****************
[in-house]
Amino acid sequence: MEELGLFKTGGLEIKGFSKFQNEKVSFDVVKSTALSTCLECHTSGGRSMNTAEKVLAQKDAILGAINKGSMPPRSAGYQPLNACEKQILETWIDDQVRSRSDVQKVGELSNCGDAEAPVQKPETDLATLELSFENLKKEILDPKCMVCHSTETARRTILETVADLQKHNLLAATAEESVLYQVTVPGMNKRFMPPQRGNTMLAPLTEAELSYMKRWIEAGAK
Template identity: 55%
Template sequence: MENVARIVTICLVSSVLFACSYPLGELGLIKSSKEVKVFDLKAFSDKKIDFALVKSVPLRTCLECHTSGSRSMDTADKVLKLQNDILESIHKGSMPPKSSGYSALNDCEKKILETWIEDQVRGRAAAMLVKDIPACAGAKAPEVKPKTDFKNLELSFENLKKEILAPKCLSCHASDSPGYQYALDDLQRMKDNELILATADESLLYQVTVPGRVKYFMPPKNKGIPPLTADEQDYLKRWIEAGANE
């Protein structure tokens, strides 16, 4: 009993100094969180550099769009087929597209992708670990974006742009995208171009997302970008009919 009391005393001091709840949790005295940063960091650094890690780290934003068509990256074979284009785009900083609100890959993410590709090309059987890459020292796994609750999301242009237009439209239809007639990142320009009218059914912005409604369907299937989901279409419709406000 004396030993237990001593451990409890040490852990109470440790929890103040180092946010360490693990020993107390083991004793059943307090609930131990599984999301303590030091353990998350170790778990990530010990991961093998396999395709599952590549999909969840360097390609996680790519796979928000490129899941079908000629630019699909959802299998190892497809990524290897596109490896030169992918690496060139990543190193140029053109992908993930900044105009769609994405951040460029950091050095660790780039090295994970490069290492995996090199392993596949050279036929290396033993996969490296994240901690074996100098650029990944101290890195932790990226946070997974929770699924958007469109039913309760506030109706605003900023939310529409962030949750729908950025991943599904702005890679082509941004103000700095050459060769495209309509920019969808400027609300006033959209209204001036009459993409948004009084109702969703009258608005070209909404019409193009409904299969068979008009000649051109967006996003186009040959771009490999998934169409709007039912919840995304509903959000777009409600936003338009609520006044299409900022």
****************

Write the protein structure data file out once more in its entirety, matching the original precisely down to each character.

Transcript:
[in-house]
Amino acid sequence: MEELGLFKTGGLEIKGFSKFQNEKVSFDVVKSTALSTCLECHTSGGRSMNTAEKVLAQKDAILGAINKGSMPPRSAGYQPLNACEKQILETWIDDQVRSRSDVQKVGELSNCGDAEAPVQKPETDLATLELSFENLKKEILDPKCMVCHSTETARRTILETVADLQKHNLLAATAEESVLYQVTVPGMNKRFMPPQRGNTMLAPLTEAELSYMKRWIEAGAK
Template identity: 55%
Template sequence: MENVARIVTICLVSSVLFACSYPLGELGLIKSSKEVKVFDLKAFSDKKIDFALVKSVPLRTCLECHTSGSRSMDTADKVLKLQNDILESIHKGSMPPKSSGYSALNDCEKKILETWIEDQVRGRAAAMLVKDIPACAGAKAPEVKPKTDFKNLELSFENLKKEILAPKCLSCHASDSPGYQYALDDLQRMKDNELILATADESLLYQVTVPGRVKYFMPPKNKGIPPLTADEQDYLKRWIEAGANE
């Protein structure tokens, strides 16, 4: 009993100094969180550099769009087929597209992708670990974006742009995208171009997302970008009919 009391005393001091709840949790005295940063960091650094890690780290934003068509990256074979284009785009900083609100890959993410590709090309059987890459020292796994609750999301242009237009439209239809007639990142320009009218059914912005409604369907299937989901279409419709406000 004396030993237990001593451990409890040490852990109470440790929890103040180092946010360490693990020993107390083991004793059943307090609930131990599984999301303590030091353990998350170790778990990530010990991961093998396999395709599952590549999909969840360097390609996680790519796979928000490129899941079908000629630019699909959802299998190892497809990524290897596109490896030169992918690496060139990543190193140029053109992908993930900044105009769609994405951040460029950091050095660790780039090295994970490069290492995996090199392993596949050279036929290396033993996969490296994240901690074996100098650029990944101290890195932790990226946070997974929770699924958007469109039913309760506030109706605003900023939310529409962030949750729908950025991943599904702005890679082509941004103000700095050459060769495209309509920019969808400027609300006033959209209204001036009459993409948004009084109702969703009258608005070209909404019409193009409904299969068979008009000649051109967006996003186009040959771009490999998934169409709007039912919840995304509903959000777009409600936003338009609520006044299409900022």